I’m often faced with an advice seeker who is very clearly either stuck in an infinite loop trying to figure out how to not make a personal choice in order to extend their period to make that choice (the deferrer) or is in a hurry to make a rash choice to move to something “better” than what they have now (the jumper). Both tendencies are destructive. I’ll comment on both and offer some advice on how to be Goldilocks (& get it just right).

Jumpers. Early career and aspirational people are often trying to get someone to define the path to “certain” success for them. They will network aggressively, seek influential mentors and generally invest a lot of time in trying to get the right answer. In addition, they tend to get very invested in what progress (both in position and pay) their peers are making. There is nothing wrong with this, in fact I strongly encourage networking and mentoring.

The problem comes when people mistake the path for the journey. Each person’s path was based on their specific skills, opportunities and choices. Everyone will offer you advice with good intentions. What you can’t always understand or see in their advice are the subtle, implicit assumptions and deeper experiences underlying them. You have to actually go do things to really learn them. So don’t underestimate the value of genuine learning and development.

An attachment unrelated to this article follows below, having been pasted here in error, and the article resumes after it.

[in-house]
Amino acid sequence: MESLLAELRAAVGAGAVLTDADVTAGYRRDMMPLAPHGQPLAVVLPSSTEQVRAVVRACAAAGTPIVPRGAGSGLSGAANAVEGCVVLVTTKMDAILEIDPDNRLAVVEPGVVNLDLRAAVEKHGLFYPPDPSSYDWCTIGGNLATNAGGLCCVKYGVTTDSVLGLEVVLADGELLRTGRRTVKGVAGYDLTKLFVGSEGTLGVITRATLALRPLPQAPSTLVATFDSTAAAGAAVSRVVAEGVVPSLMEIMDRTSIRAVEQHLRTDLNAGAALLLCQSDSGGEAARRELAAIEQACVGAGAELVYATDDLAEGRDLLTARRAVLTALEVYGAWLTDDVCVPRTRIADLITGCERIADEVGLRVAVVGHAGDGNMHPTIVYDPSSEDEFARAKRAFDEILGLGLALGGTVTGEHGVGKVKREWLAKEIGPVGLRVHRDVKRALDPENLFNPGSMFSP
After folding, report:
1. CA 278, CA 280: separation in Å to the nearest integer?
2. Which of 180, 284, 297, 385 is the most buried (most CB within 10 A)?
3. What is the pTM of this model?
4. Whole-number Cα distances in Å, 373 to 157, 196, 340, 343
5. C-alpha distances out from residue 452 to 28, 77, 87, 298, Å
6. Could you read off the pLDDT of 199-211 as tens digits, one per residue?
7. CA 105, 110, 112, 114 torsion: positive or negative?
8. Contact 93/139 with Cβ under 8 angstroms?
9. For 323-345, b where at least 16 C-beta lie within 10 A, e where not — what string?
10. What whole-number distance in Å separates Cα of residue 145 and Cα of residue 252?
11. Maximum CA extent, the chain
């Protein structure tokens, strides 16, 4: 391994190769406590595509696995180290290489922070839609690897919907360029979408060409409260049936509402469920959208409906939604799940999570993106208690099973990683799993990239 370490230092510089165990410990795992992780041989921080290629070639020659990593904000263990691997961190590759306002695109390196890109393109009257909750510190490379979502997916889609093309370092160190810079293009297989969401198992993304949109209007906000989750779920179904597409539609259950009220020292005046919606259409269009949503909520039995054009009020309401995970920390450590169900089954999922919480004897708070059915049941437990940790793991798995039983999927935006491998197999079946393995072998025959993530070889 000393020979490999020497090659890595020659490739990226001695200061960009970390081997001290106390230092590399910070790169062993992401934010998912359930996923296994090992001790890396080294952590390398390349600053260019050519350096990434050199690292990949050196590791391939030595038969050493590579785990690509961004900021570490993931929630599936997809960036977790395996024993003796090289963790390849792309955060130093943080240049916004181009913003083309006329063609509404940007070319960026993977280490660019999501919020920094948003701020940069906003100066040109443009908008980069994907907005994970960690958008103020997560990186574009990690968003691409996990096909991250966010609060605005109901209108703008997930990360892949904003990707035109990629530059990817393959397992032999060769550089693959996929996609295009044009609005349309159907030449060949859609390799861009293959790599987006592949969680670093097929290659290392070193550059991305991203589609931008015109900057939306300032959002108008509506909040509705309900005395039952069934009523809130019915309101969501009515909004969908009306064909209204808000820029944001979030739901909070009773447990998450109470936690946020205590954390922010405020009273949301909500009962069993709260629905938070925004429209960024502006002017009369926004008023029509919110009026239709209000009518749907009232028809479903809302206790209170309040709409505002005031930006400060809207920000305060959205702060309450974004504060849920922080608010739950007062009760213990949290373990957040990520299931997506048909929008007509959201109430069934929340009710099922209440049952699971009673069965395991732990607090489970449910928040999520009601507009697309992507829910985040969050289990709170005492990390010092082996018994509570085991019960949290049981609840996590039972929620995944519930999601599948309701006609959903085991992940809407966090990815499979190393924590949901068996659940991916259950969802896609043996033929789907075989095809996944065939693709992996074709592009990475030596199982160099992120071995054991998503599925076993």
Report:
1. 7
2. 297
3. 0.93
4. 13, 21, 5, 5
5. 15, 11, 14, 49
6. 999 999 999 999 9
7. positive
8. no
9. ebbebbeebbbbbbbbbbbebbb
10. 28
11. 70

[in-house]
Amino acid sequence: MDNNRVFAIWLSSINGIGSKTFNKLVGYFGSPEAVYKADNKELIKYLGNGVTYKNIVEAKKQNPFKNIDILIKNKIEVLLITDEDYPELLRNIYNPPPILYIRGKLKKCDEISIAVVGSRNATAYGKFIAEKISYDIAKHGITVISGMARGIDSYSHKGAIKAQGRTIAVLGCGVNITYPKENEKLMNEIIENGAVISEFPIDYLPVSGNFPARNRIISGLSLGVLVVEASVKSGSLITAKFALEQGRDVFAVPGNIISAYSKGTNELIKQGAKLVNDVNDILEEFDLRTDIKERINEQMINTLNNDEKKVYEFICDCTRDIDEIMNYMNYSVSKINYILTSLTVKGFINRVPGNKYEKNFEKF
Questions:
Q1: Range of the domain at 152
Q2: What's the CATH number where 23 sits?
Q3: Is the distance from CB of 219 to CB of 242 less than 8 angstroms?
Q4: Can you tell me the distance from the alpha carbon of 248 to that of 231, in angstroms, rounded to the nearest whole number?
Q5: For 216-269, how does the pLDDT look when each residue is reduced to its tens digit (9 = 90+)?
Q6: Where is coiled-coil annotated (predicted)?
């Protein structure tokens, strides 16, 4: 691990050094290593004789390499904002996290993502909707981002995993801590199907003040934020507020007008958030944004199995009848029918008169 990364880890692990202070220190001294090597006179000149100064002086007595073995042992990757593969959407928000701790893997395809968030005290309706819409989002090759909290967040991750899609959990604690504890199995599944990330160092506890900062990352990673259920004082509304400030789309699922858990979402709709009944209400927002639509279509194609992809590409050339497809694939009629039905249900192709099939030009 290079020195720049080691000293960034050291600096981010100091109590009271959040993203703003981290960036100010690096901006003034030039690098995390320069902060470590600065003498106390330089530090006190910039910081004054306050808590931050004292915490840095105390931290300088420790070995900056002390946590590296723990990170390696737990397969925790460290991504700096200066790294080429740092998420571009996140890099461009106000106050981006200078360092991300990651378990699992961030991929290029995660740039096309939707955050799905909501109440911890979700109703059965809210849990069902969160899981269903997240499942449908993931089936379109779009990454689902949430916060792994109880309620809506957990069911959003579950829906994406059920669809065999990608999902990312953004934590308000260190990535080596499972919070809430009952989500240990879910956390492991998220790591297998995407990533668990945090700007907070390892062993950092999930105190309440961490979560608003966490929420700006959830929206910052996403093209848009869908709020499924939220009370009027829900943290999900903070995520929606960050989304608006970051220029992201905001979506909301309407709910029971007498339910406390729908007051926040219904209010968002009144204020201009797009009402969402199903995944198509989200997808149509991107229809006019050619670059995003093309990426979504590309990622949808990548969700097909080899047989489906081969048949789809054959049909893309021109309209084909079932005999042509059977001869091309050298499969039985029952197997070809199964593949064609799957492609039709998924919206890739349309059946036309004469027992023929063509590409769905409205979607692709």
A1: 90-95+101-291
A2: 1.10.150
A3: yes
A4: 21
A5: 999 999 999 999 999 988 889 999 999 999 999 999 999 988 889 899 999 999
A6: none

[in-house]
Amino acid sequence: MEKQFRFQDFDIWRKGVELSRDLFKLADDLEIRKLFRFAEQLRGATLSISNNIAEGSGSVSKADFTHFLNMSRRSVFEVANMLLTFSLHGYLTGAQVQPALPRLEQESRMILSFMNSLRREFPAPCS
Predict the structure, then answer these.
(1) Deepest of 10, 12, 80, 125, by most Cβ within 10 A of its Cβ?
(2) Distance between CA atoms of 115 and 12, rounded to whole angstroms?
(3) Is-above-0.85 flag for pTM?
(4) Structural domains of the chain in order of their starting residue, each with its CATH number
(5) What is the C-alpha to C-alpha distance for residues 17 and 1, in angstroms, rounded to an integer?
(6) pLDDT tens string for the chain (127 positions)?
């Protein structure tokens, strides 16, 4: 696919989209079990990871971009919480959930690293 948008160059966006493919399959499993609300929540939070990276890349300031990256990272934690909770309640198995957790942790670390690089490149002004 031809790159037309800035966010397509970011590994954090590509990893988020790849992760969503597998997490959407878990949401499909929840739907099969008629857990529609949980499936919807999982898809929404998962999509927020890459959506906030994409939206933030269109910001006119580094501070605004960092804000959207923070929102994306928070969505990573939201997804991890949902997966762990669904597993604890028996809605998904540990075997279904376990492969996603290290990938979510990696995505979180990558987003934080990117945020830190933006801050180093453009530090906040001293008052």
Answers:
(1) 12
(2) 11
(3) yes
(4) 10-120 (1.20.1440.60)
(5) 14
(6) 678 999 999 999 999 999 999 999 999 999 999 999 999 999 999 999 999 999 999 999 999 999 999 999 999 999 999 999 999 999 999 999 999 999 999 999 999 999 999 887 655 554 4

For pay and status jumpers, make sure you understand what you are getting into and what you are giving up. Don’t leave a position you are really growing in with support from management for a “bag of beans”. I see a lot of people jump for 10%. Your future is worth more than 10%! If it’s truly “better” then it ought to clearly align with your career and development goals.

Deferrers. Many of us always want the “perfect” position. We also tend to want to be able to wait for enough information to come in to make a better, more data driven decision. Unfortunately this is often more of a crutch to avoid taking a decision than it is a responsible strategy for improving decisions.

The problem comes when it’s used to delay decision making in the belief that there is only one path or a “perfect” job and neglects doing hard and good work to earn the success sought. There is no one path and you can massively over-think the planning.